Since 2010 we have been including Biodynamic practices into our vineyard work. Biodynamics starts with organic prohibitions on use of chemicals, and then adds a variety of holistic practices to build healthy soils and crops through biodiversity and sensitivity to a vine's natural cycles.
Key to these practices is our mixed herd of sheep, alpacas and donkeys (right) which we deploy into the vineyard each winter to eat down the cover crop, fertilize with their manure, and mix the soil with their hooves. The addition of these animals allows us to reduce the number of tractor passes we need each year, and builds a vibrant, diverse soil ecology impossible without animal inputs. And while the animals are the most visible evidence of our quest for biodiversity, equally important are the fruit trees and herbs that we interplant in the vineyard, and the sections of native vegetation that we leave. Each attracts its own complement of insect, bird and animal life. For more on our Biodynamic practices, visit the Tablas Creek blog.
Although all the grapes that go into our estate wines are organically grown, we do not make organic wines. The distinction is one that is confusing to many people. At issue is the use of sulfites in wine. Sulfites have been used for centuries to discourage the formation of vinegar and inhibit oxidation. A certain level of sulfites occurs naturally in grapes, and additional sulfites are traditionally added in winemaking. The USDA, through its National Organic Program, has defined organic wines to be wines made with organically grown grapes, and without any added sulfites. Tablas Creek's estate wines are made exclusively from the organic grapes we grow ourselves, and just enough sulfites to ensure that the wines are stable and can age gracefully.
Since the 2010 vintage, we have been proud to offer the Patelin de Tablas, Patelin de Tablas Blanc, and (new in 2012) the Patelin de Tablas Rosé. These wines includes some fruit from our own vineyard, but are principally sourced from other Paso Robles Rhone vineyards that are planted with our cuttings. Some of these are farmed organically, and we're working with the vineyards with whom we've signed long-term contracts to convert more to organic viticulture. In choosing the vineyards with which we work, we balance clonal selection, vineyard site and farming practices, and bring you the best $20 bottles of wine possible. While it's unlikely the Patelin wines will ever be 100% made from organic grapes, we are committed to sourcing as high a percentage from organically farmed vineyards as possible.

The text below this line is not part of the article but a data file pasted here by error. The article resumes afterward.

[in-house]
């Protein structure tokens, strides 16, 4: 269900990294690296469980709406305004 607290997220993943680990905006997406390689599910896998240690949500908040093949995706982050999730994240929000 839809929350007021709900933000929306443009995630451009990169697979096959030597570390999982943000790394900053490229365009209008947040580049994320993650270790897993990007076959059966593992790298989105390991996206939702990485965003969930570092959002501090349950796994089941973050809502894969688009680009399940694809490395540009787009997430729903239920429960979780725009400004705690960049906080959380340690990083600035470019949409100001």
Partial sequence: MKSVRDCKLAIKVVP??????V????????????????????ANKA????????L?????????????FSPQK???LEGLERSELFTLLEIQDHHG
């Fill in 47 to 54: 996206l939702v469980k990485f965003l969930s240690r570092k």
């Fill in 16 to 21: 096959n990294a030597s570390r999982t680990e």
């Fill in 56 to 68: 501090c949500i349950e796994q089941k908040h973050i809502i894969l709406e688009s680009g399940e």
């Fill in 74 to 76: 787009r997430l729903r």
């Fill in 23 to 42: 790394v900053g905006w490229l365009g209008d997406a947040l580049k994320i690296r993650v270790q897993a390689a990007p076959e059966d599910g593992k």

You're invited to join us for a weekend-long Wine Festival celebration Friday, May 20th through Sunday, May 22nd. Friday, we're pouring at the RESERVE event from 4:00-6:30 then hosting a winemaker dinner at Bistro Laurent with wines from Beaucastel and Tablas Creek at 7:00. On Saturday at the Paso Robles downtown park we'll be joining the Paso Robles wine community for the Grand Tasting from 12:00 to 4:00. Sunday at the vineyard we'll have "brunch style" bites starting at 10am and live music with Shawn Clark Family Band from 12:00-3pm.
We were proud to learn that Tablas Creek Partner/GM Jason Haas was voted by his peers the 2015 Paso Robles Wine Industry Person of the Year. His father, our founder Robert Haas, wrote this appreciation on our blog.
In Robert Parker's Wine Advocate (Issue 220) 15 Tablas wines topped 90 points, including 2014 Esprit de Tablas (93-96), 2013 Panoplie (94-96), and 2014 Panoplie (95-97). Read the review » More press »
April 27, 2016
Think of each plant that's growing in a given plot of land as like a wick, with its roots delving into the soil for available moisture. If we had overabundant water, we might want to leave some surface weeds to keep levels more reasonable. Instead, in our California climate, eliminating competition from grasses and other surface plants is an essential part of our ability to dry farm. Tilling in the cover crop also allows the insects and microorganisms in the soil to start breaking down the surface biomass accumulated during the winter growth into nutrients that the vines will draw from in the coming months. Finally, the loosening of the soil creates an insulating layer at the surface that helps conserve the water deeper down. Read More »